My First Look at ReactJs

ReactJs has got a lot of buzz lately, and for some seemingly good reasons, so I thought it would be a good time to check it out and create a little application that streams a real-time Twitter feed.

Right off the bat, one of things I like about React is that it only focuses on “View” part of an MV* (model, view,  *) application, so if you have a large legacy application and want to start modernizing it without much stripping of all the existing code, using React might be a suitable approach for you.

If you are not familiar with React, it is a JavaScript library developed by Facebook, but unlike Angular, Ember, etc; React only focuses on the “View” part of your MVC application.

What’s a Virtual DOM

React uses what they call a “Virtual DOM” to interact with DOM elements, so when you as a developer are working with React, you actually never get a direct reference to a DOM element, but instead you write JSX code which is very similar to HTML and then React manages the interactions with the DOM for you.

This is where React really shines, because it optimizes the interaction so it is really fast. So whatever changes you want to make to the DOM, you make the changes in the JSX code, and then React figures the fastest possible way to make the changes to the DOM behind the scenes.

The Stream with Node, Twitter, and Socket.IO

So for this sample application, I am using NodeJs for the server, and a Node package called Socket.IO for real-time communication between the server and the client. Since Twitter has some streaming API feeds, I am going to use those to have Socket.IO listen to the stream and send tweets to the client real-time.

Here is the server code that starts up the server and Socket.IO listiner.

The above code is pretty straight forward. I am using Express to handle starting up the Node application, and then I have brought in two node packages (Socket.IO and Twitter). So once the application starts, I then kick off Socket.IO to start publishing on a socket and then I kickoff Twitter to start listening for tweets that have the word “JavaScript’ in it.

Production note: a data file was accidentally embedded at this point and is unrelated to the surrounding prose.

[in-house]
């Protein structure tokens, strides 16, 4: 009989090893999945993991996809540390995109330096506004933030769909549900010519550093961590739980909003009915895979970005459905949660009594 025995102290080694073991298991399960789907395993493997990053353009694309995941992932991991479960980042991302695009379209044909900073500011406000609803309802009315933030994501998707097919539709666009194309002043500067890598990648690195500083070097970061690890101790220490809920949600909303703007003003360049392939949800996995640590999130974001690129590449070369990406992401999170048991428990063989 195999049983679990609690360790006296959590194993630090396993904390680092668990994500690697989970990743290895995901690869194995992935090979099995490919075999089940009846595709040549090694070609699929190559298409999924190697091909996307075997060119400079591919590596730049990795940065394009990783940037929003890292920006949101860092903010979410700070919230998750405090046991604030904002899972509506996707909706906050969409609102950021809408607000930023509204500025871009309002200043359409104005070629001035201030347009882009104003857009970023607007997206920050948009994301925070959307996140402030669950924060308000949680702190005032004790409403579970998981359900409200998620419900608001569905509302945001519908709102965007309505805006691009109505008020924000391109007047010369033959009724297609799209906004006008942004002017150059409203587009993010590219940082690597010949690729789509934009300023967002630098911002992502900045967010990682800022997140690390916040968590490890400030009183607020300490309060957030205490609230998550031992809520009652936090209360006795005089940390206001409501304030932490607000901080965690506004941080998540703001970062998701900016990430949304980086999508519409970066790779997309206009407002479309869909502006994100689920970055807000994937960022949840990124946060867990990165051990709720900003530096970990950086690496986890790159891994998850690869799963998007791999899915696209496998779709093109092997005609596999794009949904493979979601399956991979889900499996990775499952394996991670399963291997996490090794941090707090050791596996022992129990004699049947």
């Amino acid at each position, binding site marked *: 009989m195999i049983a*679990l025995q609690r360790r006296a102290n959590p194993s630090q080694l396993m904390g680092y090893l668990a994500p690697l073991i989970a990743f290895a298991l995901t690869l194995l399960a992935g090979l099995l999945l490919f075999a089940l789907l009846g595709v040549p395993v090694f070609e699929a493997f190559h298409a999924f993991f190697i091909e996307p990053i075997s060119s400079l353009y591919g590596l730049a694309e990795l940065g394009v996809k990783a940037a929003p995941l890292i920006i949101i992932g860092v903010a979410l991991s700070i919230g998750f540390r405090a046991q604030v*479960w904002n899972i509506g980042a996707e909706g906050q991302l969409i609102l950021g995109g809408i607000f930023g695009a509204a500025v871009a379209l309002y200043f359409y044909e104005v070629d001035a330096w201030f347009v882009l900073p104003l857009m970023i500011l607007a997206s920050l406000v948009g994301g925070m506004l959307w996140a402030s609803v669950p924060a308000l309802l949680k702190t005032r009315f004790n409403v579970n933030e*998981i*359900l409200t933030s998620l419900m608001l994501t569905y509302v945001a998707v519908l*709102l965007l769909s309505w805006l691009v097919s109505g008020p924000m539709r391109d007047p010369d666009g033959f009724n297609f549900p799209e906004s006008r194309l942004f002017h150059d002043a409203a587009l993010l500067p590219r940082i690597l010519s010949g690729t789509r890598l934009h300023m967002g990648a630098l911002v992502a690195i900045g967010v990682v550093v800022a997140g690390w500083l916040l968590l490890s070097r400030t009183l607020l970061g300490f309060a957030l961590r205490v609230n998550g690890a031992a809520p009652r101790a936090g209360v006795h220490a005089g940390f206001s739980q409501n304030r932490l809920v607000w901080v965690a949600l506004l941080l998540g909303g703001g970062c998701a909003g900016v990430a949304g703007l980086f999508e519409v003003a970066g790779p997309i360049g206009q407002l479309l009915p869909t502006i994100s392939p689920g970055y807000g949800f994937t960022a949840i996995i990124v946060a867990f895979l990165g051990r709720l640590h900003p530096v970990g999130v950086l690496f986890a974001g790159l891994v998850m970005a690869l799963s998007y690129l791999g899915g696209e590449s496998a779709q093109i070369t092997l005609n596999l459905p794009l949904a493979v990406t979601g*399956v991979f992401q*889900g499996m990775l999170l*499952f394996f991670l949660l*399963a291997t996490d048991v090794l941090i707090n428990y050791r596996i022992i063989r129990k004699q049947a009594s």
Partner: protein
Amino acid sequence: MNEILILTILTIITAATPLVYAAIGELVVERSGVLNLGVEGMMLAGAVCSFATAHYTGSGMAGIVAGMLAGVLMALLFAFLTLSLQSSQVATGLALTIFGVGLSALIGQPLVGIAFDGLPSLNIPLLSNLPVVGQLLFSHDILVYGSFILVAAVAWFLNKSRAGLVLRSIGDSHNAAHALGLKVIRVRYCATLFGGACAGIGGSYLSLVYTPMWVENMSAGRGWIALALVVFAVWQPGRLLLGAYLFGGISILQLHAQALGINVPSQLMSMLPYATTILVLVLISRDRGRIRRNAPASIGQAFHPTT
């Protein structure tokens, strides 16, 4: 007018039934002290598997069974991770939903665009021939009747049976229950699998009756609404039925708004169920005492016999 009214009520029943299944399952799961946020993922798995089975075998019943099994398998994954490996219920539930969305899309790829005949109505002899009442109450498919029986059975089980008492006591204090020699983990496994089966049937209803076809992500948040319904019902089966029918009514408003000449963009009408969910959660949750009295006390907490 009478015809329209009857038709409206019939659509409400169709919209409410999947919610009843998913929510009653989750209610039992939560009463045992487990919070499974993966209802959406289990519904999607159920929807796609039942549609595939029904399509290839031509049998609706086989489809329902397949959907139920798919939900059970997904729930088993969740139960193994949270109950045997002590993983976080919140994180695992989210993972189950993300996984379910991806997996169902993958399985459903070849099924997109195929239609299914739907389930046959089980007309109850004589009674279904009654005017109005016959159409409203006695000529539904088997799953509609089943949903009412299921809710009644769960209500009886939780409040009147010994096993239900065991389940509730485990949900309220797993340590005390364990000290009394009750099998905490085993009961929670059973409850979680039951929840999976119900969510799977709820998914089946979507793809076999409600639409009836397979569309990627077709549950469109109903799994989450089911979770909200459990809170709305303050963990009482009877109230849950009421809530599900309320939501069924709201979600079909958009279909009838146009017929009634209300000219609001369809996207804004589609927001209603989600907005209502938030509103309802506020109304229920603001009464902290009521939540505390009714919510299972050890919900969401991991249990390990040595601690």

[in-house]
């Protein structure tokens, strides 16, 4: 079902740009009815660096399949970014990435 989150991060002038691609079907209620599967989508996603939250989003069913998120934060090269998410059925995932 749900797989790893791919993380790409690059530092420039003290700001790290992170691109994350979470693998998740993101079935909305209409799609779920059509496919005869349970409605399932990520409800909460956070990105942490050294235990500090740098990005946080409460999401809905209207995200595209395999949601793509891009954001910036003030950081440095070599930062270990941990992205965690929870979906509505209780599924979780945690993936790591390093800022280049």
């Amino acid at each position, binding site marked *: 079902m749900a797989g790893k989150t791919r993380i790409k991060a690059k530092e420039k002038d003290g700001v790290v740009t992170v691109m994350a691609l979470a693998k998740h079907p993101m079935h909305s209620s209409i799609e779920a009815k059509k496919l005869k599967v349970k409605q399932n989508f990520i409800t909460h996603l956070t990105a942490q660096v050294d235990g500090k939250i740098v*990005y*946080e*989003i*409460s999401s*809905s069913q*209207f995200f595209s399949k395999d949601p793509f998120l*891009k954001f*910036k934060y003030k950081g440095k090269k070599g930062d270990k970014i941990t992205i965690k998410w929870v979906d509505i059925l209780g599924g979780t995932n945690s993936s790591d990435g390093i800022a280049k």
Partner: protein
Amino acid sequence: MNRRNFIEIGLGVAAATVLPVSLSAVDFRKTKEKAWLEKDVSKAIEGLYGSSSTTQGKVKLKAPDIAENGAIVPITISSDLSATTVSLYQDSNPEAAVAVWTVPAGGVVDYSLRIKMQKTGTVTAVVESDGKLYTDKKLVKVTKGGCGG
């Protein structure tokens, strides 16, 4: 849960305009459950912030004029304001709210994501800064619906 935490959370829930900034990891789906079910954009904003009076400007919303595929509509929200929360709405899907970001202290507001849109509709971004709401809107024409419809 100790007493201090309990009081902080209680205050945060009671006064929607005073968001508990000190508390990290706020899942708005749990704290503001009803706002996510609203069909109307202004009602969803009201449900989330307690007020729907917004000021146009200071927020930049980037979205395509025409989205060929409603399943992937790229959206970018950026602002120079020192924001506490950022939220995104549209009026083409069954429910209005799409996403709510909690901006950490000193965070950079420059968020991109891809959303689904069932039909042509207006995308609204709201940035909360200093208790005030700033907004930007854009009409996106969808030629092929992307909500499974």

Note: for obvious reasons I did not check in the twitter.js file in the secret folder but basically it is the following. You just need to supply your own Twitter credentials. You can set that up on their application site.

The Client Side

On the client side, I am then listening for the stream of tweets via Socket.IO and when a tweet comes in I am firing off a callback function that will update the list of tweets.

The React Code

I have broken my React code into three different files for demo.

Twitter-Feed Component

The fist file is parent file and it contains the starting point where React is going to take over the DOM and inject my code. React will always have just one starting point per application.

Since in React, you are building components, the basic way do that is to call the React.createClass function. Inside that function you can set several properties as well as add your own properties to create the component.

Ultimately, once a component is built, I then call the React.render function which takes two parameters (the parent component, and in this case, the DOM element I am attaching the component to.

The properties in my TwitterFeed class are as follows:

  • getInitialState: this property takes a function that allows you set the initial state of properties I am going to use. In my case I have a tweets array. This property should only be called in the parent component.
  • addTweet: this is a function I created to add a tweet to the tweet list and then setting the state. The state is what React uses to pass data from one component to the other. Only the parent component should change the state. All child components are immutable and only listen for changes made by the parent.
  • componentWillMount: this is a React event that fired right before it renders the component. There are various event similar to this one like componentDidMount which fire immediately after rendering the component.
  • render: this is the function the renders the final HTML to the DOM. Inside this render function I am calling the child component TwitterList and passing that component the tweets array from the state. The second parameter is where in the DOM you want the component to be attached to.

Twitter-List Component

This component takes the tweets from the parent Twitter-Feed component and create the DOM container which is a DIV and then makes a call to its child to create a single tweet component.

This components gets the tweets from the parent via the “props” object.

Also note that am calling a propTypes property. This is useful as it sets the expectation of what type of data it expects. When this is set and you don’t pass in the correct data to the component, React will send a nice error explaining what went wrong in the console.

Tweet Component

The final child component builds the single tweet row. It is passed the tweet from the parent Twitter-List component.

The Final Result

Obviously I need to work on the presentation a little bit but when the tweet list is automatically being updating realtime as the tweets are being made.

Real Time Twitter Component

I have uploaded the code to GitHub, so take a look and let me know what you think.

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